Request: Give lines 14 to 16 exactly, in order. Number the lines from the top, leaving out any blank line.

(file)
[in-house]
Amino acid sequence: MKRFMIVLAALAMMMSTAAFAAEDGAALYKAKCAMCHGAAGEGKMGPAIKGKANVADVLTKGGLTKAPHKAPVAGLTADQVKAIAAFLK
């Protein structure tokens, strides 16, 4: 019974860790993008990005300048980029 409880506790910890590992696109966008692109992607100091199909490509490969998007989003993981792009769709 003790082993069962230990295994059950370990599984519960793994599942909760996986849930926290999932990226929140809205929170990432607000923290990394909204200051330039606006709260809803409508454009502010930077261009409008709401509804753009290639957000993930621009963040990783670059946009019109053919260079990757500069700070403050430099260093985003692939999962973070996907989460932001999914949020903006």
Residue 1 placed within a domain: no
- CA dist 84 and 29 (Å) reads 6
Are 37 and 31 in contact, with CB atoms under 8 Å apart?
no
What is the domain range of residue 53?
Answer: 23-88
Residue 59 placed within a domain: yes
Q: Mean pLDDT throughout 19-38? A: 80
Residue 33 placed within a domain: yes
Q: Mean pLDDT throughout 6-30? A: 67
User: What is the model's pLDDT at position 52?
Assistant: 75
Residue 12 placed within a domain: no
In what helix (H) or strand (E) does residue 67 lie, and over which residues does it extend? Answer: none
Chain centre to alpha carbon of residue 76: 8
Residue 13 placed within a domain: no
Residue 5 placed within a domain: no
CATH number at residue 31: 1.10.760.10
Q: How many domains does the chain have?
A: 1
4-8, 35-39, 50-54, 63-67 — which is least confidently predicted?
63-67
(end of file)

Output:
User: What is the model's pLDDT at position 52?
Assistant: 75
Residue 12 placed within a domain: no